Read more: Tor Support site, Relay Operators and Onion services.

DuckDNS

My home internet connection has a dynamic IP address assigned, although it doesn’t change often. However, if my external IP does change, that should not impact my services availability. Therefor I use DuckDNS to periodically check my IP address, and update when needed. My DNS records will therefor always point to the correct IP address.

Install DuckDNS

mkdir duckdns
cd duckdns
nano duck.sh # With content see below
chmod +x duck.sh

duck.sh should contain:

#!/bin/bash
echo url="https://www.duckdns.org/update?domains=melroyserver&token=secret_token&ip=" | curl -k -o ~/duckdns/duck.log -K -
# Don't forget to change the secret_token to your token

Add the duck.sh script to crontab:

crontab -e
*/5 * * * * ~/duckdns/duck.sh >/dev/null 2>&1

Let’s try nslookup:

nslookup melroyserver.duckdns.org
Server:		127.0.0.53
Address:	127.0.0.53#53

Non-authoritative answer:
Name:	melroyserver.duckdns.org
Address: 85.145.27.228

Read more: Duck DNS: Spec

Python3

sudo apt install -y python3 python3-setuptools python-is-python3
sudo apt-mark hold python2 python2-minimal python2.7 python2.7-minimal libpython2-stdlib libpython2.7-minimal libpython2.7-stdlib

Fail2Ban

sudo apt install -y fail2ban
sudo systemctl start fail2ban
sudo systemctl enable fail2ban

NodeJS

curl -sL https://deb.nodesource.com/setup_lts.x | sudo -E bash -
sudo apt install -y nodejs
sudo apt install gcc g++ make
echo "deb https://dl.yarnpkg.com/debian/ stable main" | sudo tee /etc/apt/sources.list.d/yarn.list
sudo apt update
sudo apt install -y yarn

Databases

MariaDB

MariaDB is a database open-source replacement of the previously known MySQL server. Installing is easy:

sudo apt install mariadb-server

Public URL https://mysql.melroy.org (actually a web-based frontend, login required too bad)

Read more: MariaDB Docs

PostgreSQL

Just another database, which is sometimes faster with complex queries than MySQL. Some application prefer to run in PostgreSQL databases.

psql listing table (\dt) of the Synapse database

Installation is just as easy as MariaDB:

sudo apt install postgresql

Configure PostgreSQL

Changes to /etc/postgresql/12/main/postgresql.conf file (optimized for lot of read/write and SSD):

max_connections = 300
shared_buffers = 8GB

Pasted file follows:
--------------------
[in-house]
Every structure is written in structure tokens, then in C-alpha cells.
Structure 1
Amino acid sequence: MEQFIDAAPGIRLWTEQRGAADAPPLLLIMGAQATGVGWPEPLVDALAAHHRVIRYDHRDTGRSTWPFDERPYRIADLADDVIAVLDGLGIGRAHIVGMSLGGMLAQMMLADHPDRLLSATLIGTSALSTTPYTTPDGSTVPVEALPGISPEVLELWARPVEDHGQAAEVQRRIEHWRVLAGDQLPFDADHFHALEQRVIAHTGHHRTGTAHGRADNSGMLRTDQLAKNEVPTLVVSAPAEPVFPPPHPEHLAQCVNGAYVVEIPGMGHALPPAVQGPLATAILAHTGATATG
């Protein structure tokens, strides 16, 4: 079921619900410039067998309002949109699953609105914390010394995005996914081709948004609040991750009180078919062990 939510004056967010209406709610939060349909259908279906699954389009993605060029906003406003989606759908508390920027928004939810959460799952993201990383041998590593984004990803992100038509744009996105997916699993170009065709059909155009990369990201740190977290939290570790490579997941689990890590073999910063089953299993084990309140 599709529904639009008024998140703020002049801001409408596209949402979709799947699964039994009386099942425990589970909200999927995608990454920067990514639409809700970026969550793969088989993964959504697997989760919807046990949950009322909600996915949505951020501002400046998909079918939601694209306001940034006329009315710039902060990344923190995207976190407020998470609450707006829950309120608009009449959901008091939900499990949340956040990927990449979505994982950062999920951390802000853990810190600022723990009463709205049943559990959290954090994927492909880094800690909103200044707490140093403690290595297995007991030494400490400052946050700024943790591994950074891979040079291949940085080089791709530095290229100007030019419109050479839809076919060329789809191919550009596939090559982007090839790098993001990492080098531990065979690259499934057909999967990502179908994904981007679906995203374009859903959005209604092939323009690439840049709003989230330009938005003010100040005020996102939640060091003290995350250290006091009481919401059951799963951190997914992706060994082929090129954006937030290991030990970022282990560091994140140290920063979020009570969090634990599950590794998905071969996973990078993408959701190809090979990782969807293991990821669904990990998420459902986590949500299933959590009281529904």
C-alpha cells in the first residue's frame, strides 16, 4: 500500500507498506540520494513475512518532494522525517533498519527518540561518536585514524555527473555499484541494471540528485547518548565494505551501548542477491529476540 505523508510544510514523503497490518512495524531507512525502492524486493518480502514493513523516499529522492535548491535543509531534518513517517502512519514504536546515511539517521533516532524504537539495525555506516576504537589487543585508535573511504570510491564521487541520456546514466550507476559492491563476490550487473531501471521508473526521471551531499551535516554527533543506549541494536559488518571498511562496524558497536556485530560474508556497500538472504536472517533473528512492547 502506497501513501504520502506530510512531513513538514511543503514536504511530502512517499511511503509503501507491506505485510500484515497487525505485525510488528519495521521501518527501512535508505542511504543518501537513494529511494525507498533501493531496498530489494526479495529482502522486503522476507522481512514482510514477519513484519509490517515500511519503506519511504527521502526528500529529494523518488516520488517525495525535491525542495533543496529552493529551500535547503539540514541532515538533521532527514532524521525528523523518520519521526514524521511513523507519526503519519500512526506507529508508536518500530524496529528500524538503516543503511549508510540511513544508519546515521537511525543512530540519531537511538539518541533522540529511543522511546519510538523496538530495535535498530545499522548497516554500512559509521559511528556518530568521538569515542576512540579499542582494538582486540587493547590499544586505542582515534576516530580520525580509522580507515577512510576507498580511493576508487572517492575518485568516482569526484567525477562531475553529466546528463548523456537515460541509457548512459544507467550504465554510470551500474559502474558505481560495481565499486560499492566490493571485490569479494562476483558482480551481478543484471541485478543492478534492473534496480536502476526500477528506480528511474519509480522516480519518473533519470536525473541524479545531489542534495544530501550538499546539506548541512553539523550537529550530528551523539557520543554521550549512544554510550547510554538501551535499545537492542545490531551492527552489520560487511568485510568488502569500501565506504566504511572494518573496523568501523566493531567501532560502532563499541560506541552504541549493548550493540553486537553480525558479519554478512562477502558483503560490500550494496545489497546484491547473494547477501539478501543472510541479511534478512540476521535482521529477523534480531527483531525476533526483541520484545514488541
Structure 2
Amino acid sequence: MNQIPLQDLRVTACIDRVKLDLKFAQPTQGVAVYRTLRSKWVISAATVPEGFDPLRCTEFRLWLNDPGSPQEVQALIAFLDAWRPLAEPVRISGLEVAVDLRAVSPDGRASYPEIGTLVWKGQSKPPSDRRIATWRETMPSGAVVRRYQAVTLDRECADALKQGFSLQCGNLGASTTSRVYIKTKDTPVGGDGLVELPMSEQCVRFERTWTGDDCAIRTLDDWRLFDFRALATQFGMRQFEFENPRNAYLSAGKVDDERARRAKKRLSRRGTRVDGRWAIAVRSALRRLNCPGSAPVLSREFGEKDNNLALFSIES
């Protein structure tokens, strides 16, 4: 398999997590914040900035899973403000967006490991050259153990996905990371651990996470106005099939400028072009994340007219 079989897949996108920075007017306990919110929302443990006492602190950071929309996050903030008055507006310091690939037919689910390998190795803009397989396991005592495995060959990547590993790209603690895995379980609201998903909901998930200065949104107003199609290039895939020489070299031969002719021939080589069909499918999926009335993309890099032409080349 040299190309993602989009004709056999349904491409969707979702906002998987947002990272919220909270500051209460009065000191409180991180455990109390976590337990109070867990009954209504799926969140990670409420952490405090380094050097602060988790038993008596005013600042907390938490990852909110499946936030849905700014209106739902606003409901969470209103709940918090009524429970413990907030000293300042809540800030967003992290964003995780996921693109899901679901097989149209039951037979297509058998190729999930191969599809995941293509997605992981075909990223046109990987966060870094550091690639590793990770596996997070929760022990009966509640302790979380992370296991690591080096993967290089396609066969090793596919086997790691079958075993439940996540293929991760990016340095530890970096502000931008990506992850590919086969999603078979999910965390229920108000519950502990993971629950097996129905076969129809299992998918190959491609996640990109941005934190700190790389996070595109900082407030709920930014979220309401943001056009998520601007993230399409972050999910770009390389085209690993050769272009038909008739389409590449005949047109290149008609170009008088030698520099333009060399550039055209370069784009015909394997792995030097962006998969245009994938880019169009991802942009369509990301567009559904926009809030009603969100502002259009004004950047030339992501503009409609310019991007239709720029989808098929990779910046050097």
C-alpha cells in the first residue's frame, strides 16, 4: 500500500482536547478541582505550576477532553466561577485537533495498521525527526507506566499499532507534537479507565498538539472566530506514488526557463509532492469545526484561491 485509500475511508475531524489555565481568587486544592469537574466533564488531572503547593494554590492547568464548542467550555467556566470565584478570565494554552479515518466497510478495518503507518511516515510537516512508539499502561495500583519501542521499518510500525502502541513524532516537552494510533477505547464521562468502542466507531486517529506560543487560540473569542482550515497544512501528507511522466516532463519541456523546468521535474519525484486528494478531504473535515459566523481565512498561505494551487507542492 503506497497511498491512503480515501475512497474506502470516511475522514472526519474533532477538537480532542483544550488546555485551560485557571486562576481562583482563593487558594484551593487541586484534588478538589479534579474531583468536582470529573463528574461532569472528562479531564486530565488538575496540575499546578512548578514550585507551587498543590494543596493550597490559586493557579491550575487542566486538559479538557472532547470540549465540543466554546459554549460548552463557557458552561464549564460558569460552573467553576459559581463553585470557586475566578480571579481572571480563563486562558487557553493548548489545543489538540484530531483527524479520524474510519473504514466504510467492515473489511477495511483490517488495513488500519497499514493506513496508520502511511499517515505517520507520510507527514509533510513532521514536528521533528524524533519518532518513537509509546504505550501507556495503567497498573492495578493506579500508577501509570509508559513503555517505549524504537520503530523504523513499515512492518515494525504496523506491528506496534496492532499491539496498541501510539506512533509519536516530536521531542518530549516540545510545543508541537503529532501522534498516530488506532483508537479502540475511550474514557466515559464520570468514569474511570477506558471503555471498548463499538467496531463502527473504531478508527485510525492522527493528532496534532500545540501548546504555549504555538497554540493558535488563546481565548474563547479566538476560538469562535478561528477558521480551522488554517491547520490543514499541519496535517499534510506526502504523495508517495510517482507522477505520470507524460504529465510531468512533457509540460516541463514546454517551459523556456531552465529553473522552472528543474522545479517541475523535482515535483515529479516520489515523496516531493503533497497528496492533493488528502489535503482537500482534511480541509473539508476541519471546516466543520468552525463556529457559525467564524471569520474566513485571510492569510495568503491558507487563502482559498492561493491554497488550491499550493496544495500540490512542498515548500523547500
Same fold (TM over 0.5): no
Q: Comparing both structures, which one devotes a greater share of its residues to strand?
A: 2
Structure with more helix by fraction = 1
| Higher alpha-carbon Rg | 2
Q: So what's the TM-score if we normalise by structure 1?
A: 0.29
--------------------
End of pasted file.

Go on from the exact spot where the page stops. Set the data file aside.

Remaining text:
work_mem = 6990kB
maintenance_work_mem = 2GB
effective_io_concurrency = 200
max_worker_processes = 16
max_parallel_maintenance_workers = 4
max_parallel_workers_per_gather = 4
max_parallel_workers = 16
wal_buffers = 16MB
max_wal_size = 8GB
min_wal_size = 2GB
checkpoint_completion_target = 0.9
random_page_cost = 1.1
effective_cache_size = 24GB

Read more: PostgreSQL Docs and a very useful PGTune tool.

Redis

Redis is a special database. Redis a in memory database, to cache most used data to speed-up the application/website.

Installation is easy again:

sudo apt install redis-server

# Add redis group to www-data user
sudo usermod -a -G redis www-data

Configure Redis

Default configuration file /etc/redis/redis.conf:

# Only accept connections via socket file 
port 0
unixsocket /var/run/redis/redis-server.sock
unixsocketperm 775
daemonize yes
pidfile /var/run/redis/redis-server.pid

Docker Containers

In theory all services above can be hosted as a docker container. However, the big and heavy services/databases I will run outside of Docker.

For those applications I prefer to run them on true bare-metal server. Services below are currently hosted via Docker in my case:

Synapse

Matrix a fully decentralized, open standard real-time communication protocol. Synapse is one of the servers for Matrix. Dendrite would be the next-generation server of Matrix.

As a client user, you can use Element for your chats. It’s fully free. Matrix a better alternative for WhatApps, Signal and Telegram. In other words, Matrix is not depending on centralized servers. And therefor Matrix is federated. I will most likely spend a dedicated blog article about Matrix.

Public URL https://matrix.melroy.org (can be used as your Matrix homeserver address!)